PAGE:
In a short piece on the conservative Reformed blog The Aquila Report, Dan Winiarski reports from a meeting of All One Body, an activist lobby within the Christian Reformed Church in North America (Dutch Calvinists) that is trying to convince the conservative denomination to affirm homosexuality and transgenderism …
The meeting’s leaders advised those gathered on strategies to undermine and replace the church’s biblically orthodox stance. Excerpt:
… one of the board members of A1B gave the audience a piece of advice: Do not use Scripture to convince your fellow CRC members of the beauty of full inclusion. Instead, rely on personal stories. “Everyone has a story,” she said. “We can argue back and forth all day about Scripture, but we’re never going to win that way. Nobody can argue with your story.”
Another member of the panel shared the focal point of this “personal story” strategy. He said it is all about convincing people, through stories about real people who have embraced the gay/lesbian/bisexual/transgender lifestyle, that such people bear healthier fruit than those who are non-inclusive. Whereas the panel referred to “the old teachings of the church” as “toxic,” A1B wants the CRC as a whole to accept the new teachings of full-inclusion, yielding good fruit.
… [T]he A1B activists understand well that in our bourgeois society, well being, wealth, and conformity to middle-class norms — and above all, avoiding suffering — are the marks of the church. It’s a false church, one that has turned from the Holy Spirit to the Zeitgeist, but this is how many ecclesial communities roll in post-Christian America.
In the early 1990s, when I was considering converting from non-practicing Moralistic Therapeutic Deism to Catholicism, I went through a period when I tried to reconcile sexual liberty with the Christian faith … It was so clear to me from the very beginning of our courtship that the three years (four, if you count our courtship) that I lived chastely, out of obedience, had been a period of profound purification and maturation. I did not know what was happening to me when I was in the middle of it. I just trudged onward … The thing is, the ascetic desert also prepared me for living within marriage …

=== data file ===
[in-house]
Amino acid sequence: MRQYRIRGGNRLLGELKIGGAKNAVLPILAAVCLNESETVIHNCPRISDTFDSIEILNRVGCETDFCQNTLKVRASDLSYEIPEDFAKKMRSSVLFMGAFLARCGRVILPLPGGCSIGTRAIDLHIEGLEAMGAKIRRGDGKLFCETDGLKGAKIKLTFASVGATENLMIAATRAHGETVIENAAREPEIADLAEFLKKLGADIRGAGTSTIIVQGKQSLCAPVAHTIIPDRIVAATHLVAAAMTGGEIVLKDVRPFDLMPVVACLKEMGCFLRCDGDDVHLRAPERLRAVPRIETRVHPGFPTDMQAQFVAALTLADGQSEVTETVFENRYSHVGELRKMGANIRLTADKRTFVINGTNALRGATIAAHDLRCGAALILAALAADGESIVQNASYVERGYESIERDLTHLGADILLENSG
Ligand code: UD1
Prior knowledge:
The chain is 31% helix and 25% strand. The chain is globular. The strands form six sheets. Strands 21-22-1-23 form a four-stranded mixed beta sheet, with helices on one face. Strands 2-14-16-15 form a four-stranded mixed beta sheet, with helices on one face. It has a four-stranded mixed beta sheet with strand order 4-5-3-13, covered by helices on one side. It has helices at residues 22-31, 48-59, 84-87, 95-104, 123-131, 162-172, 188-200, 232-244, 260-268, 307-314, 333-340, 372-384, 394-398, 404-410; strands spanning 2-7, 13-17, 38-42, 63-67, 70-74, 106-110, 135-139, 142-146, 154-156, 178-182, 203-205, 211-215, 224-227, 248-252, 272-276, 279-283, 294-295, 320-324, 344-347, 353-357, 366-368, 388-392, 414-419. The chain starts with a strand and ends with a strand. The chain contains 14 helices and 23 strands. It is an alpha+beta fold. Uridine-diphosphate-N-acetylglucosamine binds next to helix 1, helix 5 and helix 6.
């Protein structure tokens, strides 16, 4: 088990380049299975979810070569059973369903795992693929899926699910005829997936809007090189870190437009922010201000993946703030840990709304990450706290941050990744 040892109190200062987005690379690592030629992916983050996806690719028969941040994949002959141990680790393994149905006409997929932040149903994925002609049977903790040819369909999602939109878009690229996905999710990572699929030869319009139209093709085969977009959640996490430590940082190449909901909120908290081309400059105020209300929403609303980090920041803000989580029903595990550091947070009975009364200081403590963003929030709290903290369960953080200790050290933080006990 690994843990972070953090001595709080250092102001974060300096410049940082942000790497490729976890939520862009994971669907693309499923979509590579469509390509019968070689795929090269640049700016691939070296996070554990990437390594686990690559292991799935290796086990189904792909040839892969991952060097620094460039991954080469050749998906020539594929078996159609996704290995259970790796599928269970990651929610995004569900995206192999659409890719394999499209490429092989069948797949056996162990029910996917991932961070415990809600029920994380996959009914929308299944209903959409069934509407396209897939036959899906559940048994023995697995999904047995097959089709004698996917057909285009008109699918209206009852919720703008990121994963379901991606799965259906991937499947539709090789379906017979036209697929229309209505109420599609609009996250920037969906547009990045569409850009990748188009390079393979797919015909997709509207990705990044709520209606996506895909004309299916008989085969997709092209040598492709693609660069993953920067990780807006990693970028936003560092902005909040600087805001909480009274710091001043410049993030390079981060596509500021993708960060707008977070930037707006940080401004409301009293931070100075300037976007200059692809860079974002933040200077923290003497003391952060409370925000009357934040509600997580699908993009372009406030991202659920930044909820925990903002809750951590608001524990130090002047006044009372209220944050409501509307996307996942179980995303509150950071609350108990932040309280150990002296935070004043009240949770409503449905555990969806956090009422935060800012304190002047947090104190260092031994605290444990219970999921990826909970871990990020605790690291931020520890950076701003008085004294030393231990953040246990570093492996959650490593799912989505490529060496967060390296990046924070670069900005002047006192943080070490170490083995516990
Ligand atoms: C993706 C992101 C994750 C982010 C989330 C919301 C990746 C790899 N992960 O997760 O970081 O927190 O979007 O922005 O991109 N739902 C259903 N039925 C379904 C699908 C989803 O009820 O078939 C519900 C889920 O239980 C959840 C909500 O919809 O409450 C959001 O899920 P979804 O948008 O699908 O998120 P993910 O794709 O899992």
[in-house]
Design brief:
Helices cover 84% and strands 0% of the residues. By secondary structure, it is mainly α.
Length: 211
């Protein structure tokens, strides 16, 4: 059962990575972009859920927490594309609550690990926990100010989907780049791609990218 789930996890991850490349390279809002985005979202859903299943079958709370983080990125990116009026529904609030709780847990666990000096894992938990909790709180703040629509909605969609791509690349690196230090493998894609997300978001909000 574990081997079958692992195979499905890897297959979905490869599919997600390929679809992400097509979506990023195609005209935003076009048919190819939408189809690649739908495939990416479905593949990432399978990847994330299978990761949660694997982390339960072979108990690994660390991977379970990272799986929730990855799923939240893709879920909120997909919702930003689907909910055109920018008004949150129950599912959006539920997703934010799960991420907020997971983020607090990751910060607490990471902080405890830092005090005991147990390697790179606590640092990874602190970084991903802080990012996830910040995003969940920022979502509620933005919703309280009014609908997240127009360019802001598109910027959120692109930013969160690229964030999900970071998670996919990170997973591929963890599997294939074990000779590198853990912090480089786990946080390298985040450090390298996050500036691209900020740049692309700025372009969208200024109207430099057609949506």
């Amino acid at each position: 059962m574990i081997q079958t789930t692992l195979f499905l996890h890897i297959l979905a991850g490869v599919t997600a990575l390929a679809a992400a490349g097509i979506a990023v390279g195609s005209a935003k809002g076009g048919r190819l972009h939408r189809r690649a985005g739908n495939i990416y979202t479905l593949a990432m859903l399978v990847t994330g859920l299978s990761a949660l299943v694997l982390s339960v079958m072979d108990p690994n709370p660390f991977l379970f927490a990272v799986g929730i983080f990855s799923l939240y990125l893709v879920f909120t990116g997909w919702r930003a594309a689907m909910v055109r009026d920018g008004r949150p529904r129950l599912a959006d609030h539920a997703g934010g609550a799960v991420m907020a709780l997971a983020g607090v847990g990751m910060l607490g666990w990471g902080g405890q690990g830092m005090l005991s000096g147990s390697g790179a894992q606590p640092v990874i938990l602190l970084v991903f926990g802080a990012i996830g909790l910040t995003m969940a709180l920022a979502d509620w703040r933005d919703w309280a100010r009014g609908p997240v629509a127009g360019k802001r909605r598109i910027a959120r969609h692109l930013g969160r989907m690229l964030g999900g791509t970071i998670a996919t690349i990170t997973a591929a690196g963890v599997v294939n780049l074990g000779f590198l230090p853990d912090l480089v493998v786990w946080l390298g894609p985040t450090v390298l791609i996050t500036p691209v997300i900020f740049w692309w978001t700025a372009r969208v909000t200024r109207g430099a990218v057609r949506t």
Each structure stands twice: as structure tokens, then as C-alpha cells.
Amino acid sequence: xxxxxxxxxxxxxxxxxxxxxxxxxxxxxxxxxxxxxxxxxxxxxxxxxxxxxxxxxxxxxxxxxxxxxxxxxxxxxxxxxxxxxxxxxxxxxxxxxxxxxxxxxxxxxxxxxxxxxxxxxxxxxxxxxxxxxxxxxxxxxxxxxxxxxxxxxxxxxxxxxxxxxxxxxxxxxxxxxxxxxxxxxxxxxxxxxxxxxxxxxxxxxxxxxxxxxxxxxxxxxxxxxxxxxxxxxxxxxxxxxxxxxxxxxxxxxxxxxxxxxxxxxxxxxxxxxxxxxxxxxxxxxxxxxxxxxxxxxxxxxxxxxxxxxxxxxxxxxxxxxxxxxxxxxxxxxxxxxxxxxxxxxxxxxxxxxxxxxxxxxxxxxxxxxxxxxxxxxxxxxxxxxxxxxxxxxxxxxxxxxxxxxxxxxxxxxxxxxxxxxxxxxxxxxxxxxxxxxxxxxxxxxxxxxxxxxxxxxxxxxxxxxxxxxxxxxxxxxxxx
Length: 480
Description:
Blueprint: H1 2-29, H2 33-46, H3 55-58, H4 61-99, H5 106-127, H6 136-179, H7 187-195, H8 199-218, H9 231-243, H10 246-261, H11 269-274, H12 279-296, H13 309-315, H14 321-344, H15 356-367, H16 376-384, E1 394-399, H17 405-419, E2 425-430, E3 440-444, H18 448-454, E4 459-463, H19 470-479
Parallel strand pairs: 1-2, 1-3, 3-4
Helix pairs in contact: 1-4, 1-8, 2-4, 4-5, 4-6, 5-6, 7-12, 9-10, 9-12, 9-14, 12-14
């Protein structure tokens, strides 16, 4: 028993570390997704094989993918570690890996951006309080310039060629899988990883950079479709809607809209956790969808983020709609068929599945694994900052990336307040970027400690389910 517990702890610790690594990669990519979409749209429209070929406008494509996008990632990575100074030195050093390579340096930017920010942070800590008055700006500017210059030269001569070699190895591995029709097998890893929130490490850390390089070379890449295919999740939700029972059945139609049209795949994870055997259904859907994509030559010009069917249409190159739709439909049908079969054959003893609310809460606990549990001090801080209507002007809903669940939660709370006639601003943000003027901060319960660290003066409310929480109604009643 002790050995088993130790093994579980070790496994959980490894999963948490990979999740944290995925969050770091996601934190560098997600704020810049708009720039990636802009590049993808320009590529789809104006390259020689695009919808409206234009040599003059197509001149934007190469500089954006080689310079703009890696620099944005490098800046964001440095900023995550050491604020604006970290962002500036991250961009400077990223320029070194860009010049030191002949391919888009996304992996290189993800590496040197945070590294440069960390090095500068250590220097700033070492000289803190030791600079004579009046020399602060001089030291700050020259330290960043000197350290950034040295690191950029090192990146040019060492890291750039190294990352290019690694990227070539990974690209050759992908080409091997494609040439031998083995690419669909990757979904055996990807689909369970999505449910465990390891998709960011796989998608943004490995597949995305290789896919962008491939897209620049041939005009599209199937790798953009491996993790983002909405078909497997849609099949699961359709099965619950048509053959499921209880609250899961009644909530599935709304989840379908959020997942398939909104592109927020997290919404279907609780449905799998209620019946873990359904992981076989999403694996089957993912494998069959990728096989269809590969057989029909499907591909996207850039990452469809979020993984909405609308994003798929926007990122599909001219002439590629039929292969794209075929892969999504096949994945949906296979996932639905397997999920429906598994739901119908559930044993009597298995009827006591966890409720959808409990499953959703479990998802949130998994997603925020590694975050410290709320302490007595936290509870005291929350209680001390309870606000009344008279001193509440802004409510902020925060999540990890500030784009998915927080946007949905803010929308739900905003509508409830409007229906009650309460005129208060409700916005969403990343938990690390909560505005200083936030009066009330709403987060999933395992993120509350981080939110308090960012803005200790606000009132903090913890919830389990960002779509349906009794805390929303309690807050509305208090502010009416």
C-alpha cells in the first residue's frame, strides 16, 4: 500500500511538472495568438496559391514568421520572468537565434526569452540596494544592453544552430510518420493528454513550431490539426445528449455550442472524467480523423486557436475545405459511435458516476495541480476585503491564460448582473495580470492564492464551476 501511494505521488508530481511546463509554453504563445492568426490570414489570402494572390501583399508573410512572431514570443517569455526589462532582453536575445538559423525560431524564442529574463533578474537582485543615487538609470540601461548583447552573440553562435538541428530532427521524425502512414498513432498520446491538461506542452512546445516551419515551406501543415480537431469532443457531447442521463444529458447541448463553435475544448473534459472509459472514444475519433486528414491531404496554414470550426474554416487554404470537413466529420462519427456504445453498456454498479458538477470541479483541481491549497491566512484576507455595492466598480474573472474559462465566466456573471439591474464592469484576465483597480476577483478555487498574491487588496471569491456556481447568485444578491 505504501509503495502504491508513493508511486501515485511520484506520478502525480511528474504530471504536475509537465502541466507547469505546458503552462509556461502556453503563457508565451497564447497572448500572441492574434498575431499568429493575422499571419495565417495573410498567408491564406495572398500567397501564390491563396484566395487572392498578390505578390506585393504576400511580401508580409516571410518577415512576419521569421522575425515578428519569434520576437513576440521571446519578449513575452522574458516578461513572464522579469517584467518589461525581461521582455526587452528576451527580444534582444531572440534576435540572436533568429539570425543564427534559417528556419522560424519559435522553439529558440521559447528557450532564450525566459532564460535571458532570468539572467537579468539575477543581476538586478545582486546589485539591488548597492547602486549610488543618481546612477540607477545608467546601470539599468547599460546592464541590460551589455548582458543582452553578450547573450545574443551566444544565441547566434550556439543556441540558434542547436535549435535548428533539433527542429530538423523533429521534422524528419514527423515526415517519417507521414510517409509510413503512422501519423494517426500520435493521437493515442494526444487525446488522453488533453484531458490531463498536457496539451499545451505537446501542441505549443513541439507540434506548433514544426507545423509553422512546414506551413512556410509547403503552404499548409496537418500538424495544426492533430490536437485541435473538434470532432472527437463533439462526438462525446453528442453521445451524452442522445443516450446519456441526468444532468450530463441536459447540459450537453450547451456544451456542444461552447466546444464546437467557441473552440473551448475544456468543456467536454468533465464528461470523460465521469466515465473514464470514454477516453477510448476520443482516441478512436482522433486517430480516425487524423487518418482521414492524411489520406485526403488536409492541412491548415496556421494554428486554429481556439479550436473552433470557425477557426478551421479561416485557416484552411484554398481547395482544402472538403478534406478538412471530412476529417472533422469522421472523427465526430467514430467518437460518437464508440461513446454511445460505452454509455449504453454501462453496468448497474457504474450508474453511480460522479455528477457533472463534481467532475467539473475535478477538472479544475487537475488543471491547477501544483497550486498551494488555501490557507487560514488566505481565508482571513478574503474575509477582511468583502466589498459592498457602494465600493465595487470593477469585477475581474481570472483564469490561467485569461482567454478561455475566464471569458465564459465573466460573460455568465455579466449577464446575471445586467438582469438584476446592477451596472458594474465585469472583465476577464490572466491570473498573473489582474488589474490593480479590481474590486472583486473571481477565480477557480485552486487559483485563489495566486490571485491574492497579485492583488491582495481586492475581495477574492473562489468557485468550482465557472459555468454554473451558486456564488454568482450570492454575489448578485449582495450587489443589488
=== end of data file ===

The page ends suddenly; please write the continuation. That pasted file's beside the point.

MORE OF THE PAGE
These are harder stories to tell in our culture, because they are so countercultural. But we orthodox Christians had better get good at telling them. The other side is good at “narrative theology,” and they have the mass media on their side. Our culture, even the culture within many of our churches, presents the faith as an electric blanket, when in fact it is the Cross (said Flannery O’Connor). Nobody wants to hear that today, but it’s the truth — a truth that saves lives, both here and in eternity.
Rod Dreher, emphasis added.
The Aquila Report is worth reading beyond Dreher’s excerpts because the innovators have a second strategy, beyond storytelling, and that is the “judicial option””
… the panel revealed their preference for a strategy of using “judicial” rulings similar to the way the secular activists won their case at the United States Supreme Court with Obergefell.
A1B’s plan to transform the CRC will proceed as follows. They will identify a current CRC pastor who is sympathetic to their cause, who is willing to perform a homosexual “wedding” ceremony. Or taking another route, they will find a CRC congregation that is willing to elect an elder or deacon who is openly and proudly living in a homosexual partnership. Inevitably, this will cause a firestorm of protest in the CRC. Complaints will be filed. Debate will ensue. The Banner will publish articles both for and against. The great brouhaha will eventually make its way to Synod.
And the hope on the part of A1B is that Synodical delegates will embrace the path of least resistance and rule in favor of the pastor, or the church, or the office bearer. Synod might decide, as it has done with other controversial topics, that the LGBTQ+ question is a matter for each local church council to decide. Or, if the personal story of the individual involved is especially powerful, Synod may embrace empathy as the path toward inclusion. Perhaps a desire to prove the CRC’s relevancy credentials will convince Synod to “get with the times.”
Whatever reasoning Synod uses, the panel members representing A1B were in agreement (and the audience was too) that the “judicial” plan presented their best path to victory.
I’ve seen that strategy at work in many other denominations. The dissident pastor, after all, will have a touching story to tell of how s/he came in good faith to transvalue values, so it would be mean to do anything orthodox in response.
The Christian Reformed Church was my Church for nearly two decades before I entered Orthodoxy. After I left, a member came to me addled about what Orthodoxy was but thinking I’d be a sympathetic ear for his private religious opinions—which were decidedly sub-Christian. He’s still there as has served as an officer in the Church.
The heated debates of my years in the CRC all resolved in favor of the innovators. I have no doubt, barring divine intervention (which I do not expect; mene mene tekel upharsin), that they’ll win again.
The CRC’s professed adherence to Scripture Alone (sola scriptura) is delusional. As Dreher says:
[I]n our bourgeois society, well being, wealth, and conformity to middle-class norms — and above all, avoiding suffering — are the marks of the church.
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